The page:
Dell

Revenue

$78.66 billion (2018)

Employees

138,000 (2017)

Founded

1984



Overview:
Dell is an American multinational computer technology company based in Round Rock, Texas, United States, that develops, sells, repairs, and supports computers and related products and services. Eponymously named after its founder, Michael Dell, the company is one of the largest technological corporations in the world, employing more than 103,300 people worldwide. Dell sells personal computers (PCs), servers, data storage devices, network switches, software, computer peripherals, HDTVs, cameras, printers, MP3 players, and electronics built by other manufacturers. The company is well known for its innovations in supply chain management and electronic commerce, particularly its direct-sales model and its 'build-to-order' or 'configure to order' approach to manufacturing—delivering individual PCs configured to customer specifications.

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Industries:
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Information Technology
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Hardware



Similar firms (based on pattern co-occurrence):
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2 shared patterns
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2 shared patterns
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2 shared patterns
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2 shared patterns
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3 shared patterns
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3 shared patterns
Business Model Patterns:

Cash Machine

How they do it: Computer manufacturer Dell was one of the pioneers in employing a build-to-order strategy in the 1980s. Computers were first customized and paid for by the customers, with invoices for the computer parts from the suppliers having lenghier payment deadlines. This allowed it to achieve a highly negative cash conversion cycle. In its early years the Cash Machine pattern presented an important means for Dell to finance its growth. At its founding in 1984, Michael Dell’s seed capital consisted of a mere US $1,000.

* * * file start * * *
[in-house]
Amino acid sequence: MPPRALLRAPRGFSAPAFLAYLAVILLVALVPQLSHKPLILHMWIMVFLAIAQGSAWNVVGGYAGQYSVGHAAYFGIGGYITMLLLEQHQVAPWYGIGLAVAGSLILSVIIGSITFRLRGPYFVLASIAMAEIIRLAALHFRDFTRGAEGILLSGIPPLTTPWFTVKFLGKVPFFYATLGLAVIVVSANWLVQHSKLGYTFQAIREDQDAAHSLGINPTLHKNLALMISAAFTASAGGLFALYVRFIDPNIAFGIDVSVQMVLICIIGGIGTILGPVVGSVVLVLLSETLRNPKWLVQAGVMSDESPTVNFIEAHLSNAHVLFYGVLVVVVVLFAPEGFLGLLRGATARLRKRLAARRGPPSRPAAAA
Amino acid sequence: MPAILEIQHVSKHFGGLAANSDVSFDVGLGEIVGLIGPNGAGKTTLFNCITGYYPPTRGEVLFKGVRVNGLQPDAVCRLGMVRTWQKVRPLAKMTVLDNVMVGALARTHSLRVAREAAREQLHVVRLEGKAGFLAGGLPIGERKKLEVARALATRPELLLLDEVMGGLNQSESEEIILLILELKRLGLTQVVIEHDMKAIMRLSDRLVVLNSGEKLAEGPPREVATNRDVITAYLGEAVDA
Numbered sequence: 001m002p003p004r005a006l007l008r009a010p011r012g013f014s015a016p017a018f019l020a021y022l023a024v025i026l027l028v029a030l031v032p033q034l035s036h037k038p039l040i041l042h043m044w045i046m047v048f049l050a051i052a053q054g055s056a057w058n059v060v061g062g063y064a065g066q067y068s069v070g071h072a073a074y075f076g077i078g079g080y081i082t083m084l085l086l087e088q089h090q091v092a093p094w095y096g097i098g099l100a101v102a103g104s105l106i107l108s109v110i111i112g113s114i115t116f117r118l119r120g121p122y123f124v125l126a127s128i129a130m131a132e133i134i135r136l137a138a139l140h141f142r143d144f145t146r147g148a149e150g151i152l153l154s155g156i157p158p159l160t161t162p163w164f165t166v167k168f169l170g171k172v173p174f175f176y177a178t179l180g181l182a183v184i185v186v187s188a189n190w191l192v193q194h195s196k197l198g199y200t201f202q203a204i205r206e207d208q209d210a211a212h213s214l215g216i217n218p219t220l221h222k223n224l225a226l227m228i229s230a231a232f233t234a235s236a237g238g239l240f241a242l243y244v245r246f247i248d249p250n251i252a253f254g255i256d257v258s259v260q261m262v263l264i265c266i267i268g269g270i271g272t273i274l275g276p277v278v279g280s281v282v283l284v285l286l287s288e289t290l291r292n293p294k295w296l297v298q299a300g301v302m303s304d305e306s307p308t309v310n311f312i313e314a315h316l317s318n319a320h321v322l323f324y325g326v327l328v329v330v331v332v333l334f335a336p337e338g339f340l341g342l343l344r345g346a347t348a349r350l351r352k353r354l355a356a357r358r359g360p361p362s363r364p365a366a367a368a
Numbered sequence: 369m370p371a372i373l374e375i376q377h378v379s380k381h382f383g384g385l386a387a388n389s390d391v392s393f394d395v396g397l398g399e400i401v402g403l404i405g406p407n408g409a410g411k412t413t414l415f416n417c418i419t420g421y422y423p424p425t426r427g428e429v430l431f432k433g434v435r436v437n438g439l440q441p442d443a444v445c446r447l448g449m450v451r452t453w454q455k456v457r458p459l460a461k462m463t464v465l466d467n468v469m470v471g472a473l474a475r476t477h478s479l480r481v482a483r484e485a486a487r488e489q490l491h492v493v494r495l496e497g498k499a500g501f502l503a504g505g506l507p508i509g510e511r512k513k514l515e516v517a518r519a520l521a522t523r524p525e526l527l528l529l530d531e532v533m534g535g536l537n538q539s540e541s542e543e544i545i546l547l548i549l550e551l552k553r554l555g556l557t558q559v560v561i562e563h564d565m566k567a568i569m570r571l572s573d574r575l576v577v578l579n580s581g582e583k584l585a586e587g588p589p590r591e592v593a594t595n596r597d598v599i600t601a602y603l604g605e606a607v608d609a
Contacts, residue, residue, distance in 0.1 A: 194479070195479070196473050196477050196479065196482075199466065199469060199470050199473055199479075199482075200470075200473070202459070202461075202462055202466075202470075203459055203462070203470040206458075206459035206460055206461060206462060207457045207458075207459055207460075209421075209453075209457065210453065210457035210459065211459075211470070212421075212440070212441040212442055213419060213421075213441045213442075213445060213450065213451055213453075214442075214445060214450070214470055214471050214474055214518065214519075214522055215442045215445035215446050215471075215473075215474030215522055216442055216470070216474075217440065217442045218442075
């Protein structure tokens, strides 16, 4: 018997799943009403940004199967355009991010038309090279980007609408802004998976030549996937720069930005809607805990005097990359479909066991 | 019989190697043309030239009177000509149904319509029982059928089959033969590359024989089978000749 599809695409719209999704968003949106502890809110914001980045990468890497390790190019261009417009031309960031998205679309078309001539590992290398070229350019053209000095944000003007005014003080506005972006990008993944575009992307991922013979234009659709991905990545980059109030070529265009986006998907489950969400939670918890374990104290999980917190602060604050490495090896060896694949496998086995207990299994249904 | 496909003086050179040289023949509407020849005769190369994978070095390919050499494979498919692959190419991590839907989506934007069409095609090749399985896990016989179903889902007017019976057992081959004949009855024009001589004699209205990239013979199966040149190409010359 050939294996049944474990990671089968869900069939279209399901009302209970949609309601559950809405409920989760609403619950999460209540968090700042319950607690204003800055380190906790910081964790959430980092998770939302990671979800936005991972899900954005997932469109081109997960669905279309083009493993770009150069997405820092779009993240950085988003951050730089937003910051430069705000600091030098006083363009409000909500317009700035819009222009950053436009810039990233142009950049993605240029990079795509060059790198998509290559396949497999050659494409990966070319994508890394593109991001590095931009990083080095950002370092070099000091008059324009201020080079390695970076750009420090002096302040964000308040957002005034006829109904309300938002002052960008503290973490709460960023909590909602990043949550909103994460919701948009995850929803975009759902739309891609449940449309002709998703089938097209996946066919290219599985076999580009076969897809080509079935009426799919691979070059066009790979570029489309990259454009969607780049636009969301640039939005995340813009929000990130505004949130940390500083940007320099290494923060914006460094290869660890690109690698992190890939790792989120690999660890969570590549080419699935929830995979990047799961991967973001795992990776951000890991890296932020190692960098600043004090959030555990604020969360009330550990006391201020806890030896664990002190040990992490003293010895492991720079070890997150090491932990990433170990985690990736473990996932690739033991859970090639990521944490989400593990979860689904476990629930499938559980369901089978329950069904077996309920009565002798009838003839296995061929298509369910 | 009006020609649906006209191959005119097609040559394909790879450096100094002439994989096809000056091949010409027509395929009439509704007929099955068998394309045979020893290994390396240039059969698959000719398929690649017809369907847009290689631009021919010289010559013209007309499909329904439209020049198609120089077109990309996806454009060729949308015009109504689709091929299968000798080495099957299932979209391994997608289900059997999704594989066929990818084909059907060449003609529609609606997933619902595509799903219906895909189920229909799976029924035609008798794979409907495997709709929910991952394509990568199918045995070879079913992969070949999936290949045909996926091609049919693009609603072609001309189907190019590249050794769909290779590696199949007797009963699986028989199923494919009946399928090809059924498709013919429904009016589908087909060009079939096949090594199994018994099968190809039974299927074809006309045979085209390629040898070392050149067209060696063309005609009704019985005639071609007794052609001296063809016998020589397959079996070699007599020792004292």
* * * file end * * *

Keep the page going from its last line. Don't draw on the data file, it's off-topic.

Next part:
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Direct Selling

How they do it: Dell offers its personal computers and accesoires directly on their website, ready to be configured individually and shipped to the customer’s location.

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E-commerce

How they do it: Dell offers its personal computers and accesoires directly on their website, ready to be configured individually and shipped to the customer’s location.

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From Push-to-pull

How they do it: In offering its personalized computers through their direct selling channels, Dell applied a push-to-pull strategy. Concretely, Dell predefines which part of the computer can be configurated individually and then ”pushes” predetermined options/configurations of their product to the customer. The customer then ”pulls” by choosing one of those options and the customized order is then ”pulled” through the supply chain.

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Mass Customization

How they do it: In their personal computer direct sales, Dell predefined which parts of the computer can be individualized / configurated and then pushes those predetermined options/configurations of their product to the customer. The customer can then individualize their product by choosing one of those options. This allows the company to let every customer individualize their computer but limiting the impact on the supply chain by predefining the possible choices.

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